With increasing prosperity in southeastern China during the late 15th to early 16th centuries, wealthy patrons came to have a direct influence on the development of art at the time. Painters such as Tu Chin, Chou Ch'en, T'ang Yin, and Ch'iu Ying were active in the cultural circles of the area and stood out as some of the finest professional painters of the age. Tu Chin was mostly active in Nanking while the other three were born in the Soochow area. These four painters are not only related in terms of their study of art or as friends, but also in the similarity of their styles.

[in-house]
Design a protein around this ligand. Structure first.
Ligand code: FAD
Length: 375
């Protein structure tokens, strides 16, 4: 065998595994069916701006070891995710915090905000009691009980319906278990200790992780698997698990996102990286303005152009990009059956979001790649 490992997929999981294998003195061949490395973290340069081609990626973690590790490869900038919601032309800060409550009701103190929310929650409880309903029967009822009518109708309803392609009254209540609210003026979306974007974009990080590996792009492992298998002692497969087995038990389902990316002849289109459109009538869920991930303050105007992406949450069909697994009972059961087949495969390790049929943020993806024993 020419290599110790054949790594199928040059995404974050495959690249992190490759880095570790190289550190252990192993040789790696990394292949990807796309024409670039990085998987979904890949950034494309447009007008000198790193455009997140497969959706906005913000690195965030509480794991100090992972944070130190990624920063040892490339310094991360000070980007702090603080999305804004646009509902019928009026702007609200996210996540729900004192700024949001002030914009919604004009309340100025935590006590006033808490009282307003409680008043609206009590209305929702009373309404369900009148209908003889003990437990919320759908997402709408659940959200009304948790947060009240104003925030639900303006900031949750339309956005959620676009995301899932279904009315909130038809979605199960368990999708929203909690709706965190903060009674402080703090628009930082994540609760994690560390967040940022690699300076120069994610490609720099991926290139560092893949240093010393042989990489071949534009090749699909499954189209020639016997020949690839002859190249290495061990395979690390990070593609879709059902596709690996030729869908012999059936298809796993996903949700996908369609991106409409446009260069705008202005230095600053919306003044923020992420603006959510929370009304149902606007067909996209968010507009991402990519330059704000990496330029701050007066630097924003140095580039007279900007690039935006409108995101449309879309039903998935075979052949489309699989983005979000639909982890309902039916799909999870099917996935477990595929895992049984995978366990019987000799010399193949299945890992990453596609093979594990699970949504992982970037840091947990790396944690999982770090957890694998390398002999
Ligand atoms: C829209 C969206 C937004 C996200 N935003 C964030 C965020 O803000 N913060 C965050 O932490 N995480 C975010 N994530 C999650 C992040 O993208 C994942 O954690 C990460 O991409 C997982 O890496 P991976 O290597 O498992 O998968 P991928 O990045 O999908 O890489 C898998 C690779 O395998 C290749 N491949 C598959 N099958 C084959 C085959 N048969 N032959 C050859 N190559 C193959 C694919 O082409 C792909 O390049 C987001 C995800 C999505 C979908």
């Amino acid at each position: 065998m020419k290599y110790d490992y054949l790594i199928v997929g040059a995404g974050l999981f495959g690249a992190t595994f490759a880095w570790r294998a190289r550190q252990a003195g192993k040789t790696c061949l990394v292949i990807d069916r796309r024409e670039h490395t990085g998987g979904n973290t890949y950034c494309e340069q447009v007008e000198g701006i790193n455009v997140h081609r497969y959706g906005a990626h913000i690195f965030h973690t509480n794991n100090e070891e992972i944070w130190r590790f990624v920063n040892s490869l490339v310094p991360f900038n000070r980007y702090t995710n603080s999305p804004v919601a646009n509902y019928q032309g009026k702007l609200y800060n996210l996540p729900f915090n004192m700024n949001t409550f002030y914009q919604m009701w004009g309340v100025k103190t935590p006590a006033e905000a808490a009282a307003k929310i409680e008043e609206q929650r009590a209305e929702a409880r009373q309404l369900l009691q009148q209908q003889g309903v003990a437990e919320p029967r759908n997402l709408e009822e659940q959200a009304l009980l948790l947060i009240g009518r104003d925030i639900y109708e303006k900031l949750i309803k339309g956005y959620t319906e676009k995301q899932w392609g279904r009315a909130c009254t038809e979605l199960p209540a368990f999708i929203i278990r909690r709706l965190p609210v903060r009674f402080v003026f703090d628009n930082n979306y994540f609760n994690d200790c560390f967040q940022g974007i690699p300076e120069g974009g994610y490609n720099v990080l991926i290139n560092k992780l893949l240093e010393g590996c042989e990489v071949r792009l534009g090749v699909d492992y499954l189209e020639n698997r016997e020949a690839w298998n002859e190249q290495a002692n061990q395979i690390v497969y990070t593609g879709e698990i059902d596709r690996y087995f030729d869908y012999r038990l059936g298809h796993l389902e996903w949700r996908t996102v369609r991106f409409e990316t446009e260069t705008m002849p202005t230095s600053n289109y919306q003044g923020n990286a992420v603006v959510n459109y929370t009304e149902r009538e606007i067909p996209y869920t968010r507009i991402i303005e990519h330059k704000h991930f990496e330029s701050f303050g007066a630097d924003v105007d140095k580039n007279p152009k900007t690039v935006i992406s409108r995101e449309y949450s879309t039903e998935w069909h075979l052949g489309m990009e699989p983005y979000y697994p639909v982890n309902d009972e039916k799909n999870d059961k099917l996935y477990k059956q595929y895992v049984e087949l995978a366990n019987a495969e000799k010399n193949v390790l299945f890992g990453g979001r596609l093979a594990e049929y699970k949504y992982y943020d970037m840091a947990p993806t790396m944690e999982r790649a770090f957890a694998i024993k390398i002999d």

The figure painting of these four artists is marked by elegant forms and beautiful scenery. In addition to a fine style with colors, they also had a more unrestrained one dominated by ink. Although they inherited from the refined academic style of the T'ang and Sung dynasties, they also fused it with the warm and personal manner of literati artists, creating a point of convergence with the literati Wu School of the period.
This special exhibition from the collection of the National Palace Museum includes a gallery where paintings are displayed along with enlarged transparencies of details for study and appreciation. Thus, viewers hopefully will have a greater understanding of figure painting in the middle Ming and the works of Tu Chin, Chou Ch'en, T'ang Yin, and Ch'iu Ying in particular.
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